Excluding a child is a very serious step. Schools should not send a child home as a way of managing a child’s additional support needs. If a child is at risk of being excluded, their school should take all reasonable steps to make sure they have support in place to meet their needs.
Before excluding a child the school should consider:
- all the facts about incidents leading to the exclusion
- the impact the exclusion will have on the child
- whether the behaviour leading to the exclusion is a result of a disability, as this may amount to disability discrimination (more info about Disability Discrimination can be found here)
An exclusion should be for as short a period of time as possible. The time during and after exclusion should be used to resolve the situation and make sure that the right support is in place.
If your child has been excluded, it means they have been removed from school and are not allowed to return for a certain amount of days. Scottish Government guidance on preventing and managing exclusion (see link below) is clear that exclusion from school should only be used as a last resort.
There are only two reasons why a child can be excluded from school:
- The school thinks order and discipline in the school and the education of the other pupils will be badly affected if you child continues to attend
- The school thinks you, the parents, have not followed the school’s rules and have allowed your child to break the school
Schools must always give one of these as the reason for the exclusion. Most exclusions take place for the first reason.
The school should:
- On the day of the exclusion: contact you (or your child if they are over 16) to tell you about the exclusion and check it is safe to send your child home. The school must also arrange a meeting with you to discuss the exclusion within 7 days.
- Within 8 days: write to tell you the reason your child was excluded and how you can appeal the exclusion. The school may also let you know of any conditions to be met before your child can return to school.
- Use the time your child is out of school to look at the reasons why the exclusion happened and put in right place any support needed to avoid it happening again.
You can appeal an exclusion through your local authority's Education Appeal Committee (EAC). The EAC is a panel of people who make decisions about educational matters including exclusions. They are usually made up of people from the local area and can include people such as elected councillors, parents and teachers.
The letter from the school telling you your child has been excluded should contain information about how to appeal. Usually you send a letter to the local authority telling them you want to appeal your child's exclusion. It's a good idea to do this as soon as possible after your child has been excluded. The EAC hearing will take place no later than 28 days after they receive your appeal letter.
You can also send the EAC a written statement or any other information you think is important to your child's case. This usually has to be with the EAC 10 days before the hearing. At the hearing, both you and your child's school will have the opportunity to have a say. You are allowed to take a supporter, advocate or witness to the hearing if you wish.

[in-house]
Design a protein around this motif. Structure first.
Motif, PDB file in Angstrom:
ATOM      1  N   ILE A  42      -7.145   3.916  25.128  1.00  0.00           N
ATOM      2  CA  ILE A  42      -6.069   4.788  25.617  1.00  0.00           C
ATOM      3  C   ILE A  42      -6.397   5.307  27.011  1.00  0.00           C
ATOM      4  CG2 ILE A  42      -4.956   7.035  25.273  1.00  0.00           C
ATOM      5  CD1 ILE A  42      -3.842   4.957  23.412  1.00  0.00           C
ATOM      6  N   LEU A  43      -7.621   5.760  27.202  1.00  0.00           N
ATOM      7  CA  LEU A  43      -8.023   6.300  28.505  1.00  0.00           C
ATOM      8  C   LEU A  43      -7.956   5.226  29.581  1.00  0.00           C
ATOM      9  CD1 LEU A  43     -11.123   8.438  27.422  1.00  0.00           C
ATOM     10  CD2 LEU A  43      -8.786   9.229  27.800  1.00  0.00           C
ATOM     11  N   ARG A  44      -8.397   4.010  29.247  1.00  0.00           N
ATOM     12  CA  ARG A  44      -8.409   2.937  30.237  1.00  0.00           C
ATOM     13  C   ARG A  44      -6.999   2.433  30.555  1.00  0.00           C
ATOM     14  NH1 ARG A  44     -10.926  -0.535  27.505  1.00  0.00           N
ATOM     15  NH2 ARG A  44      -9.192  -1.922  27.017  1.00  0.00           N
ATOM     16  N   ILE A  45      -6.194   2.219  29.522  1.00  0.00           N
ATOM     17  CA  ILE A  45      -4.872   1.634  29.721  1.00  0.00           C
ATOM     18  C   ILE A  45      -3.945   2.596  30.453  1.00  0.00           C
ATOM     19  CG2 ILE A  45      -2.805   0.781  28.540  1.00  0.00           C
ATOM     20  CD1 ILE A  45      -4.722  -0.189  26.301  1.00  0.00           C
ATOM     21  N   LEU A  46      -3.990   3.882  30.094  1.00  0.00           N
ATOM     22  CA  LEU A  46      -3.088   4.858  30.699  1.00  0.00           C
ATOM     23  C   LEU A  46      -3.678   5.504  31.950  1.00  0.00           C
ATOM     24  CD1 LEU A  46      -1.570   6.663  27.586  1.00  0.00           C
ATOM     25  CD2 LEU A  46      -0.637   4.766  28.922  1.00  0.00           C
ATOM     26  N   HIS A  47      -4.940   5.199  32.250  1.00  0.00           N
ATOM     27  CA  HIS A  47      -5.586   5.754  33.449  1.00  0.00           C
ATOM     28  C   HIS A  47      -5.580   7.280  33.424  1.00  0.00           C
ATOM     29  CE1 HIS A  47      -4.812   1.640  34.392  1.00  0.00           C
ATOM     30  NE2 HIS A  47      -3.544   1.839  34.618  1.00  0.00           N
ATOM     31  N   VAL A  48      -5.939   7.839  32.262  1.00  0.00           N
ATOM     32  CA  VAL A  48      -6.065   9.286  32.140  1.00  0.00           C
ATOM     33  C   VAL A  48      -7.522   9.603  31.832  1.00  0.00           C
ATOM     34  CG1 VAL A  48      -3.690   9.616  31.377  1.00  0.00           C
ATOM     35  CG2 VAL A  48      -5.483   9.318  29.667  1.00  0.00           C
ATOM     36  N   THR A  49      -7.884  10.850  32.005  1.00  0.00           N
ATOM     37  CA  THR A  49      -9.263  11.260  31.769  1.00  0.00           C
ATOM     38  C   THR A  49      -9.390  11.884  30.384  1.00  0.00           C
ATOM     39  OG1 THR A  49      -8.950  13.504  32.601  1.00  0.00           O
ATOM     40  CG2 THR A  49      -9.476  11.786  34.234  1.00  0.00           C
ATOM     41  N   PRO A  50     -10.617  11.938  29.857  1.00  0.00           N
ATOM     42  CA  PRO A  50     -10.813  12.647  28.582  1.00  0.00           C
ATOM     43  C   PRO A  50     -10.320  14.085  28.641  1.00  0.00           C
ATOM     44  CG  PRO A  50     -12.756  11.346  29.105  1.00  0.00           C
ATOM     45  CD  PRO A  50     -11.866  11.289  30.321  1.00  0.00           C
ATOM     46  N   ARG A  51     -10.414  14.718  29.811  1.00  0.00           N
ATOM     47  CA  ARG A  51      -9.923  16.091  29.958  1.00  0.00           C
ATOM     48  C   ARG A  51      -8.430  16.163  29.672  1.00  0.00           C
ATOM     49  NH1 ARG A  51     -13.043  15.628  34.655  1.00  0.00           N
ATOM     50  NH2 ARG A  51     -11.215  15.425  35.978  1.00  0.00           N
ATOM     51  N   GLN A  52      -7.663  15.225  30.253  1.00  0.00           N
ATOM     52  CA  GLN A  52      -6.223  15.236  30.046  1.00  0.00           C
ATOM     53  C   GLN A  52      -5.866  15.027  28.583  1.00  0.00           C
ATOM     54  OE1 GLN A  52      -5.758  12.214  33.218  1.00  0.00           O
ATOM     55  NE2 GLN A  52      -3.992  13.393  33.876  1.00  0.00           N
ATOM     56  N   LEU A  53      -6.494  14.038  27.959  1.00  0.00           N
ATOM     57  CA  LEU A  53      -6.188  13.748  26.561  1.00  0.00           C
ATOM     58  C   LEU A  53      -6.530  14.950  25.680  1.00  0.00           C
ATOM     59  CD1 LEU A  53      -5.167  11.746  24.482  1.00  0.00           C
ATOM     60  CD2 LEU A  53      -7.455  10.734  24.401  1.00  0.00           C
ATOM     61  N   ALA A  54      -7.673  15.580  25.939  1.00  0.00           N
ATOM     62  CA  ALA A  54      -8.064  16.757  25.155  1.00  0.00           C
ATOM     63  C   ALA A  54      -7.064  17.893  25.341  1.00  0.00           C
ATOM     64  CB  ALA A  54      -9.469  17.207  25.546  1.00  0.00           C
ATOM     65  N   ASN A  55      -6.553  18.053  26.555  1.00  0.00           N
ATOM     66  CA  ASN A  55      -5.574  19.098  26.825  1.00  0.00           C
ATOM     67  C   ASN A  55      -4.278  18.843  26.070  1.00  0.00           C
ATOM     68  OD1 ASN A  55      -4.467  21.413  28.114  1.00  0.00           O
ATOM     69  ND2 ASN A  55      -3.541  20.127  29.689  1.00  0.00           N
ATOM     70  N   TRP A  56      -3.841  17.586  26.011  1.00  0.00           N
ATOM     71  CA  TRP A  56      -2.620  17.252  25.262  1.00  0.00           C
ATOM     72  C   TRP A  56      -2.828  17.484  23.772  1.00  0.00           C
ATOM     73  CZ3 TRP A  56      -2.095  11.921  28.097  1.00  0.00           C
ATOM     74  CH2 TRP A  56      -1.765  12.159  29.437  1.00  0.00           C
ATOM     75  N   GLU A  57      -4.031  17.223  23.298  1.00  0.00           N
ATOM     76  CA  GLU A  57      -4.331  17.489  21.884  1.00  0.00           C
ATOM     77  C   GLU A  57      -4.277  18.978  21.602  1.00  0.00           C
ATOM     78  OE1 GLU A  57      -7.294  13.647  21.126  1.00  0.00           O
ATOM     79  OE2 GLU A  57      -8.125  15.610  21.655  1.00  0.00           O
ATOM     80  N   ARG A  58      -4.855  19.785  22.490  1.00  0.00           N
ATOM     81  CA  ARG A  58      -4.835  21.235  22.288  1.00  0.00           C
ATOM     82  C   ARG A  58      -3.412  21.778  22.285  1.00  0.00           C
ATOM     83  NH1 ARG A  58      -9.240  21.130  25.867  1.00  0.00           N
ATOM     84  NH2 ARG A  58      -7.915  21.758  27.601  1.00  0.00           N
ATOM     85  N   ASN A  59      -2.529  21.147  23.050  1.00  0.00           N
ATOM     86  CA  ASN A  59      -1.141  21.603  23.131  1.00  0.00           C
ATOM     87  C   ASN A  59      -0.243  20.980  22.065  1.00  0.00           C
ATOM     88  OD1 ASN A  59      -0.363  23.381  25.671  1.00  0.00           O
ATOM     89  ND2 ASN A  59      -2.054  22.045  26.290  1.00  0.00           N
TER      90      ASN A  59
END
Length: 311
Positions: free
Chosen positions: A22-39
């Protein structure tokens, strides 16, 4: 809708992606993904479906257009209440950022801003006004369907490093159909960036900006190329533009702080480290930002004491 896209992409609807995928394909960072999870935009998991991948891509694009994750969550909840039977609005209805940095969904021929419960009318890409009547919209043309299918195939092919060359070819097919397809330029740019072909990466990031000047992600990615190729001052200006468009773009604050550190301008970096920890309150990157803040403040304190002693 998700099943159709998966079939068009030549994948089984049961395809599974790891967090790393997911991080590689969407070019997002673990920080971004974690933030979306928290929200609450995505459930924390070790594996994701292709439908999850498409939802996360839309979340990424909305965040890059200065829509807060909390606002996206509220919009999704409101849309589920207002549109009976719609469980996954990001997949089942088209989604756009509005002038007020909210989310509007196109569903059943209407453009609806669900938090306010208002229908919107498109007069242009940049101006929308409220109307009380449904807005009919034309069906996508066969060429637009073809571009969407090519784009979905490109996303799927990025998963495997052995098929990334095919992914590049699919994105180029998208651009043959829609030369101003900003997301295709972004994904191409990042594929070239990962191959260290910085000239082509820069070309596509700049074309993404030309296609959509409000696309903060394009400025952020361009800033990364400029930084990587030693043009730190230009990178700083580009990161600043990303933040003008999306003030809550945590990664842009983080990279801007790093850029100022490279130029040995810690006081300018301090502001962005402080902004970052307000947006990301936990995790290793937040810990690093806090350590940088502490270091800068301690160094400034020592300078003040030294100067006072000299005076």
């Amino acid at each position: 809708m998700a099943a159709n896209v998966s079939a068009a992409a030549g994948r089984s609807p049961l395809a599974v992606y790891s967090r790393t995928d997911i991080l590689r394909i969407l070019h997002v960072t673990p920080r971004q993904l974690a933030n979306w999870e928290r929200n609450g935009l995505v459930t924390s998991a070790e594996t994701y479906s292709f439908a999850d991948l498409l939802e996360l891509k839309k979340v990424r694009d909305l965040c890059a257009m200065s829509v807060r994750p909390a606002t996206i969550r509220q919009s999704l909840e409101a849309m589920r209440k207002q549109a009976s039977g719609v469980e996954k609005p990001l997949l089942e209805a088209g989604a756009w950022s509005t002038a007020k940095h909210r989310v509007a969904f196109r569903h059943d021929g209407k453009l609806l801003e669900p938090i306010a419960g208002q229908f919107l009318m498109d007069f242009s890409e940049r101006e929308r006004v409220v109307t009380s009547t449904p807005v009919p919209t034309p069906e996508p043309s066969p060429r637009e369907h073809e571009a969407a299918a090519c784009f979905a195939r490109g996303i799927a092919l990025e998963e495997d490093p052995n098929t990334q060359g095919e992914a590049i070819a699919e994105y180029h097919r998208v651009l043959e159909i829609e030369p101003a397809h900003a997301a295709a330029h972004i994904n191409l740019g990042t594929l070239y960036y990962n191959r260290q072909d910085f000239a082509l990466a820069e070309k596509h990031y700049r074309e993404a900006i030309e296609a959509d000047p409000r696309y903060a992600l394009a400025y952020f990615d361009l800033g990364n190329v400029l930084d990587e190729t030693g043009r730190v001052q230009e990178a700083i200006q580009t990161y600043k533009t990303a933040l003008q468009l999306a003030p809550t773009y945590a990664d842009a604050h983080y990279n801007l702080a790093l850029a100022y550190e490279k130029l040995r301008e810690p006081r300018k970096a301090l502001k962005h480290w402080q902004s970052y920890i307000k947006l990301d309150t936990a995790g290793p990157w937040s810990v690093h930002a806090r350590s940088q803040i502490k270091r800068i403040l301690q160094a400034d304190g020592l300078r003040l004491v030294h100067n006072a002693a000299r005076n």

The EAC will either confirm or refuse to confirm the local authority’s decision. If you disagree with the EAC's decision you have 28 days to appeal to the Sheriff Court.
Sometimes schools use different ways to describe, or give different reasons for, removing a child from school. These are sometimes referred to as "informal inclusions" and may include:
- sending a child home early
- suggesting a "cooling-off period"
- saying the child cannot cope with a full day at school.
These are unlawful exclusions and should not be happening.
Schools must formally record all exclusions, and pupils must not be sent home as a way of coping with their additional support needs. If a pupil is sent home on multiple occasions, this usually highlights that the support in place isn’t working and a different approach is needed. If your child is being excluded in this way you should ask your school for a meeting to discuss your child's needs and what can be done to ensure this unlawful practice does not continue.
Ask the school whether there is a pattern of when incidents happen that result in your child being sent home (e.g times of the day or after doing certain activities). If there is a pattern, you can then talk to the school about what support they can put in place around these times or activities.
- ask for a meeting with the head teacher of the school and explain your concerns about your child being sent home or excluded
- ask for a copy of the local authority's exclusion policy
- discuss the support they have in place and review their learning plan if they have one, or discuss whether they may need one
- use the checklist in the Scottish Governments' guidance on managing exclusions (Included, Engaged and Involved Part 2) before talking to the school. This explains what schools should do before excluding a child
- ask the school why your child has been excluded and for the proper procedures to be followed.
Possible conversation starters:
- Can we look at when incidents are happening in case there are particular activities my child is struggling with?
- Can we look at how staff are dealing with my child when he gets upset, and whether there are different strategies we could use?
- My child is being informally excluded. I'd like to discuss her support needs and ask that the correct procedures are followed.